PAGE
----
A one-day trial that raises questions about the security of cash cards used in the U.K. and Europe concluded Thursday, with a decision expected in about a month.
Alain Job sued U.K. bank Halifax in March 2007 over eight withdrawals made from his account in February 2006. Job maintains he did not withdraw a cumulative £2,100 (US$3,100). He also maintains he did not authorize anyone else to withdraw the money.
Job decided to sue after the Financial Ombudsman Service (FOS), which mediates disputes between banks and customers, sided with Halifax.
Job is the first person to sue a U.K. bank over a phantom withdrawal and believes one possibility is that his card was cloned. Halifax maintains that it was his exact card that was used to perform the withdrawals and that either Jobs is knowingly trying to defraud the banks or was grossly negligent in handling his card and PIN (personal identification number).
Job admitted at one point during testimony to putting his cash card in his garden outside one night for some inexplicable reason, according to Alistair Kelman, an attorney who watched the proceedings in Nottingham County Court.
Job is represented pro bono by Stephen Mason, an attorney who specializes in the collection of digital evidence and has written about case law involving disputed cash-machine transactions.
Mason said late Thursday he could not discuss specific details of the case due to court rules. A Halifax spokesman also said the bank had no comment. An expert witness for Jobs said he also could not speak about the case yet.
Security experts who have studied cash-machine “phantom” withdrawals say there are proven ways that criminals can trick cash machines in certain circumstances into accepting bogus cards.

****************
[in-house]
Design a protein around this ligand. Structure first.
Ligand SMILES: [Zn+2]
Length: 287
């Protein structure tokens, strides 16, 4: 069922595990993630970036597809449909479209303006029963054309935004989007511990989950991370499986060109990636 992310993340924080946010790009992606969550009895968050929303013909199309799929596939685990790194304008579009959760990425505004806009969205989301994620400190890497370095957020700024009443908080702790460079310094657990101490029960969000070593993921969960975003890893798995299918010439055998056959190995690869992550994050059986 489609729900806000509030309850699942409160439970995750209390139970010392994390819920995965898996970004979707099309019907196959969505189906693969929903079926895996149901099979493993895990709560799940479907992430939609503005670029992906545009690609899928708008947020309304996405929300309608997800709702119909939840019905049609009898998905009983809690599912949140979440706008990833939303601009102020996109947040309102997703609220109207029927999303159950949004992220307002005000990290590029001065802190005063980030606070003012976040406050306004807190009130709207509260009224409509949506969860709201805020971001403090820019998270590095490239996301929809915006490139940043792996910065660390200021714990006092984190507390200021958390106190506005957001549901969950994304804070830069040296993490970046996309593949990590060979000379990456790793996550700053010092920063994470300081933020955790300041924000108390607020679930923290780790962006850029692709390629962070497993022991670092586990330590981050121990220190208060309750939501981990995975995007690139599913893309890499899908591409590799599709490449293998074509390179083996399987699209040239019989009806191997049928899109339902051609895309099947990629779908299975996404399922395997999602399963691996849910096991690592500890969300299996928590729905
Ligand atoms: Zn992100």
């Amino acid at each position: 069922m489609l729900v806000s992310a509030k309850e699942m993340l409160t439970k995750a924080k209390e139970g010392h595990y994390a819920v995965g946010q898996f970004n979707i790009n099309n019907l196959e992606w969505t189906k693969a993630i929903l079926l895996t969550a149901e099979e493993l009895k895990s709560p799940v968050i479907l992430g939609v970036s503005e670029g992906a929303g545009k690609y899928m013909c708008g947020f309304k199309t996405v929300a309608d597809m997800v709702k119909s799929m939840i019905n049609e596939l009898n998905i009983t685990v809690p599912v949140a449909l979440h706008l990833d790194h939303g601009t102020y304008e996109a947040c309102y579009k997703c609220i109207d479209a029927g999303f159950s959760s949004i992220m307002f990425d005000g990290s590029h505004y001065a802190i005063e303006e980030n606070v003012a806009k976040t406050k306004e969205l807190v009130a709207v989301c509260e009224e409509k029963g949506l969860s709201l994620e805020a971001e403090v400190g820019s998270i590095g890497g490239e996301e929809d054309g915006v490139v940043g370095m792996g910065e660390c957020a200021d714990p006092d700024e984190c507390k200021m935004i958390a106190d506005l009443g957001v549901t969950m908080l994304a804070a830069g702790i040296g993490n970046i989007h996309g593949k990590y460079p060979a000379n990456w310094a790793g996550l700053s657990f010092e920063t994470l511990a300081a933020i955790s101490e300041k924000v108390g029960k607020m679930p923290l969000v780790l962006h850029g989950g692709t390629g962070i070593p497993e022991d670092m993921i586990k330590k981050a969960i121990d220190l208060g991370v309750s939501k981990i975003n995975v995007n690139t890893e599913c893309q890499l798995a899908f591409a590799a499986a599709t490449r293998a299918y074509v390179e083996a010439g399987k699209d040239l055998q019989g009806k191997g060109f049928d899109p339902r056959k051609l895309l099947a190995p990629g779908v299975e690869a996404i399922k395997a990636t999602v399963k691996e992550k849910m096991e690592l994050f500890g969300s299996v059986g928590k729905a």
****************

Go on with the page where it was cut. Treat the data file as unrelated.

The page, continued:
In the U.K. and throughout Europe, banks issue chip-and-PIN cards. They have an embedded microchip that’s used to authenticate transactions and people must enter a four-digit PIN. The PIN must also be used for credit- and debit-card transactions, rather than in the U.S., where a signature completes the transaction.
Studies done by researchers at the University of Cambridge have looked in depth at the chip-and-PIN system and highlighted weaknesses.
The liability rules are different for phantom withdrawal cases in the U.K. than in the U.S., where banks must directly prove fraud in order to reject a claim. In the U.K., that responsibility is on the customer, and banks tend to steadfastly maintain there are no security issues with their systems.
If the judge finds in favor of Job, it could lead to a change where U.K. banks would have to provide a higher level of evidence for phantom withdrawals in order to push the liability to the customer.
The FOS handles about 100 cases a month concerning contested cash-machine transactions, some of which are phantom withdrawals, said spokeswoman Emma Parker. The majority of those cases are found in favor of customers, she said. But the FOS doesn’t not have precise statistics available or releases information about specific cases.
The FOS has published anonymous case studies, some of which concern phantom withdrawals. Parker said “the cases we see turn on their individual circumstances, rather than on whether it is technically possible to clone a chip-and-PIN card.”
It would seem that video cameras by cash machines would resolve cases, but that’s not necessarily right. Even if there’s video, a bank could still argue that the customer making the complaint colluded the person in the video in order to scam money.
There are at least 64,000 cash machines in the U.K., according to Link, a major transaction network provider. Not every one has a video camera, and in Job’s case, there’s no video evidence of the contested withdrawals.